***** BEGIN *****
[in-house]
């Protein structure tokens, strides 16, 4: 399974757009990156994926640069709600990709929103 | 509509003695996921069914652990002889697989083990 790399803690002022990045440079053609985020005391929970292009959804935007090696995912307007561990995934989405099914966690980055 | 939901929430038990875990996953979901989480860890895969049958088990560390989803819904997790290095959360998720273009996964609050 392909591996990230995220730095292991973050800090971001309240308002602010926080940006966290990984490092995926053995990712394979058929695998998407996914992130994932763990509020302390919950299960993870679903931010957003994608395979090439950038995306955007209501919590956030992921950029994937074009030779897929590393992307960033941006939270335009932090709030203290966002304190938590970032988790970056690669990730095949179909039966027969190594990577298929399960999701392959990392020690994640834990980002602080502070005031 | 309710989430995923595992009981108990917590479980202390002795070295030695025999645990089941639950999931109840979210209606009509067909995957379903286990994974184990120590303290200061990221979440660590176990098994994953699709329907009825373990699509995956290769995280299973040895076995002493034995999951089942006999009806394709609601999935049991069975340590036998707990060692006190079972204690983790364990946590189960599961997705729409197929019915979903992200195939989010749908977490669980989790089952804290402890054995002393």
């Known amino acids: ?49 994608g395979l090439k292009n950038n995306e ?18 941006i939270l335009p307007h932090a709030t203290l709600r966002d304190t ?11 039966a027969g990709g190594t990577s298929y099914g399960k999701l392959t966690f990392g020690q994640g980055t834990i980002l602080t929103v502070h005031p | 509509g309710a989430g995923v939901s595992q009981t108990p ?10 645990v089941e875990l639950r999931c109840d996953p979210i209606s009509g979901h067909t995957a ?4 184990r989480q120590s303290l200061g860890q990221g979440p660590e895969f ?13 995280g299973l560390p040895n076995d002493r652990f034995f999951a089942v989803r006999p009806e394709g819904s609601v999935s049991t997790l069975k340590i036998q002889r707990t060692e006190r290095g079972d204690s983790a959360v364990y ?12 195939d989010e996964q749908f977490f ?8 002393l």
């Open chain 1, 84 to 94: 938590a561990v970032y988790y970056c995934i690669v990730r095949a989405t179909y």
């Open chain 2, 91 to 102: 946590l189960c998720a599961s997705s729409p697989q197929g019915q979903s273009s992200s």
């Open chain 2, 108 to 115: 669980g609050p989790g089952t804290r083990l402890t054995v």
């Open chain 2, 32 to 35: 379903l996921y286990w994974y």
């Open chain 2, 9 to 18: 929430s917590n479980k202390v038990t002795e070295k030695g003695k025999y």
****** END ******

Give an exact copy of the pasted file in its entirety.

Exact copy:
[in-house]
């Protein structure tokens, strides 16, 4: 399974757009990156994926640069709600990709929103 | 509509003695996921069914652990002889697989083990 790399803690002022990045440079053609985020005391929970292009959804935007090696995912307007561990995934989405099914966690980055 | 939901929430038990875990996953979901989480860890895969049958088990560390989803819904997790290095959360998720273009996964609050 392909591996990230995220730095292991973050800090971001309240308002602010926080940006966290990984490092995926053995990712394979058929695998998407996914992130994932763990509020302390919950299960993870679903931010957003994608395979090439950038995306955007209501919590956030992921950029994937074009030779897929590393992307960033941006939270335009932090709030203290966002304190938590970032988790970056690669990730095949179909039966027969190594990577298929399960999701392959990392020690994640834990980002602080502070005031 | 309710989430995923595992009981108990917590479980202390002795070295030695025999645990089941639950999931109840979210209606009509067909995957379903286990994974184990120590303290200061990221979440660590176990098994994953699709329907009825373990699509995956290769995280299973040895076995002493034995999951089942006999009806394709609601999935049991069975340590036998707990060692006190079972204690983790364990946590189960599961997705729409197929019915979903992200195939989010749908977490669980989790089952804290402890054995002393």
């Known amino acids: ?49 994608g395979l090439k292009n950038n995306e ?18 941006i939270l335009p307007h932090a709030t203290l709600r966002d304190t ?11 039966a027969g990709g190594t990577s298929y099914g399960k999701l392959t966690f990392g020690q994640g980055t834990i980002l602080t929103v502070h005031p | 509509g309710a989430g995923v939901s595992q009981t108990p ?10 645990v089941e875990l639950r999931c109840d996953p979210i209606s009509g979901h067909t995957a ?4 184990r989480q120590s303290l200061g860890q990221g979440p660590e895969f ?13 995280g299973l560390p040895n076995d002493r652990f034995f999951a089942v989803r006999p009806e394709g819904s609601v999935s049991t997790l069975k340590i036998q002889r707990t060692e006190r290095g079972d204690s983790a959360v364990y ?12 195939d989010e996964q749908f977490f ?8 002393l």
């Open chain 1, 84 to 94: 938590a561990v970032y988790y970056c995934i690669v990730r095949a989405t179909y």
């Open chain 2, 91 to 102: 946590l189960c998720a599961s997705s729409p697989q197929g019915q979903s273009s992200s």
């Open chain 2, 108 to 115: 669980g609050p989790g089952t804290r083990l402890t054995v």
């Open chain 2, 32 to 35: 379903l996921y286990w994974y």
């Open chain 2, 9 to 18: 929430s917590n479980k202390v038990t002795e070295k030695g003695k025999y």